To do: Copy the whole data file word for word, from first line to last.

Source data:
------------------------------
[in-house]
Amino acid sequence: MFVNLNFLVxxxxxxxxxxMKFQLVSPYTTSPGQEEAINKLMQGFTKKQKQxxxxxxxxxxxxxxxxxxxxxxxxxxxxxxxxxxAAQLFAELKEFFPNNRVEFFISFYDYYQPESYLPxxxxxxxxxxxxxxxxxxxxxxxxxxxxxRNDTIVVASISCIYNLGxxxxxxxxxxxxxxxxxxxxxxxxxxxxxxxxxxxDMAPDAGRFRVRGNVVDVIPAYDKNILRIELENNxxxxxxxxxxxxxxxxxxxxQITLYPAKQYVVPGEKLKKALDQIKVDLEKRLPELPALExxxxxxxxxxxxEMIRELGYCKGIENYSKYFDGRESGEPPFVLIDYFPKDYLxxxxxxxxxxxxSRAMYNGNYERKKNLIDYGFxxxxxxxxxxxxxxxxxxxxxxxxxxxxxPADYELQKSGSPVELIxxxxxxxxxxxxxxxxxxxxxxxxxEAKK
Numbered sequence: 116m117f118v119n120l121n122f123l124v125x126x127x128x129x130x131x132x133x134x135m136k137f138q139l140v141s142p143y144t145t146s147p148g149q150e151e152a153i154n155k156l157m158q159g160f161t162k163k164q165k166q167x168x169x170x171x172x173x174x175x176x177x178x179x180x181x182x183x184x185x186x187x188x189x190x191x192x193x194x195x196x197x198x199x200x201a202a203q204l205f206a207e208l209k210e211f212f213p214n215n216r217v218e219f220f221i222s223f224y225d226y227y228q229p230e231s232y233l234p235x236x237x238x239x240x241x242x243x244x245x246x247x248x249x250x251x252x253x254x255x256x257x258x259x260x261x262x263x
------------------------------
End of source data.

[in-house]
Amino acid sequence: MFVNLNFLVxxxxxxxxxxMKFQLVSPYTTSPGQEEAINKLMQGFTKKQKQxxxxxxxxxxxxxxxxxxxxxxxxxxxxxxxxxxAAQLFAELKEFFPNNRVEFFISFYDYYQPESYLPxxxxxxxxxxxxxxxxxxxxxxxxxxxxxRNDTIVVASISCIYNLGxxxxxxxxxxxxxxxxxxxxxxxxxxxxxxxxxxxDMAPDAGRFRVRGNVVDVIPAYDKNILRIELENNxxxxxxxxxxxxxxxxxxxxQITLYPAKQYVVPGEKLKKALDQIKVDLEKRLPELPALExxxxxxxxxxxxEMIRELGYCKGIENYSKYFDGRESGEPPFVLIDYFPKDYLxxxxxxxxxxxxSRAMYNGNYERKKNLIDYGFxxxxxxxxxxxxxxxxxxxxxxxxxxxxxPADYELQKSGSPVELIxxxxxxxxxxxxxxxxxxxxxxxxxEAKK
Numbered sequence: 116m117f118v119n120l121n122f123l124v125x126x127x128x129x130x131x132x133x134x135m136k137f138q139l140v141s142p143y144t145t146s147p148g149q150e151e152a153i154n155k156l157m158q159g160f161t162k163k164q165k166q167x168x169x170x171x172x173x174x175x176x177x178x179x180x181x182x183x184x185x186x187x188x189x190x191x192x193x194x195x196x197x198x199x200x201a202a203q204l205f206a207e208l209k210e211f212f213p214n215n216r217v218e219f220f221i222s223f224y225d226y227y228q229p230e231s232y233l234p235x236x237x238x239x240x241x242x243x244x245x246x247x248x249x250x251x252x253x254x255x256x257x258x259x260x261x262x263x